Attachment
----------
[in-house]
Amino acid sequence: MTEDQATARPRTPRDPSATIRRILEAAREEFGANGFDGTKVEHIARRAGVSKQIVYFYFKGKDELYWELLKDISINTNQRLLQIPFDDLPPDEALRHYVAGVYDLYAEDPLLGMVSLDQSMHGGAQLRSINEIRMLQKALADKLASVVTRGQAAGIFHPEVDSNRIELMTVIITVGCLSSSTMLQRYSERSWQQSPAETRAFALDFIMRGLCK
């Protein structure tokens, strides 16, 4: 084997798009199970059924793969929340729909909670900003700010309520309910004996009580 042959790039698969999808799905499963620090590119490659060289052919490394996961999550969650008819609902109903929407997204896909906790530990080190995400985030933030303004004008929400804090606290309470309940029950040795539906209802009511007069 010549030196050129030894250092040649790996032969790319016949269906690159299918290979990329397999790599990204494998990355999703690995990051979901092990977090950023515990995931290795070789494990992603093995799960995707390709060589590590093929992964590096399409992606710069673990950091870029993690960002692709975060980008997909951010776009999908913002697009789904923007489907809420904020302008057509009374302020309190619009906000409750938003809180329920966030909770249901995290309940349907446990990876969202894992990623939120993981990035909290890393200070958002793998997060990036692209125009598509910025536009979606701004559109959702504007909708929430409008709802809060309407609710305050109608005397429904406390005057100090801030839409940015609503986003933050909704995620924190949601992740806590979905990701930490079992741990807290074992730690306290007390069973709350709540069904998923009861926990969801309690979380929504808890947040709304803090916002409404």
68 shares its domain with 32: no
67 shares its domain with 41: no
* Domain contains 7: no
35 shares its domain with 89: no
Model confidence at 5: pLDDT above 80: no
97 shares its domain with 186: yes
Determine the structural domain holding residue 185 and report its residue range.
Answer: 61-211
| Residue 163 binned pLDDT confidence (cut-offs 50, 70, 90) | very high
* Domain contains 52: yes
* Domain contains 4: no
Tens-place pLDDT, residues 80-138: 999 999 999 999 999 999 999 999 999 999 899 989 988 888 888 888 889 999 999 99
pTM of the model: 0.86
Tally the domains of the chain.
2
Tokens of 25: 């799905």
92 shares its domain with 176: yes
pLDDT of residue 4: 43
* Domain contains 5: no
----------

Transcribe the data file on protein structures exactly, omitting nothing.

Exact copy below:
[in-house]
Amino acid sequence: MTEDQATARPRTPRDPSATIRRILEAAREEFGANGFDGTKVEHIARRAGVSKQIVYFYFKGKDELYWELLKDISINTNQRLLQIPFDDLPPDEALRHYVAGVYDLYAEDPLLGMVSLDQSMHGGAQLRSINEIRMLQKALADKLASVVTRGQAAGIFHPEVDSNRIELMTVIITVGCLSSSTMLQRYSERSWQQSPAETRAFALDFIMRGLCK
């Protein structure tokens, strides 16, 4: 084997798009199970059924793969929340729909909670900003700010309520309910004996009580 042959790039698969999808799905499963620090590119490659060289052919490394996961999550969650008819609902109903929407997204896909906790530990080190995400985030933030303004004008929400804090606290309470309940029950040795539906209802009511007069 010549030196050129030894250092040649790996032969790319016949269906690159299918290979990329397999790599990204494998990355999703690995990051979901092990977090950023515990995931290795070789494990992603093995799960995707390709060589590590093929992964590096399409992606710069673990950091870029993690960002692709975060980008997909951010776009999908913002697009789904923007489907809420904020302008057509009374302020309190619009906000409750938003809180329920966030909770249901995290309940349907446990990876969202894992990623939120993981990035909290890393200070958002793998997060990036692209125009598509910025536009979606701004559109959702504007909708929430409008709802809060309407609710305050109608005397429904406390005057100090801030839409940015609503986003933050909704995620924190949601992740806590979905990701930490079992741990807290074992730690306290007390069973709350709540069904998923009861926990969801309690979380929504808890947040709304803090916002409404």
68 shares its domain with 32: no
67 shares its domain with 41: no
* Domain contains 7: no
35 shares its domain with 89: no
Model confidence at 5: pLDDT above 80: no
97 shares its domain with 186: yes
Determine the structural domain holding residue 185 and report its residue range.
Answer: 61-211
| Residue 163 binned pLDDT confidence (cut-offs 50, 70, 90) | very high
* Domain contains 52: yes
* Domain contains 4: no
Tens-place pLDDT, residues 80-138: 999 999 999 999 999 999 999 999 999 999 899 989 988 888 888 888 889 999 999 99
pTM of the model: 0.86
Tally the domains of the chain.
2
Tokens of 25: 């799905």
92 shares its domain with 176: yes
pLDDT of residue 4: 43
* Domain contains 5: no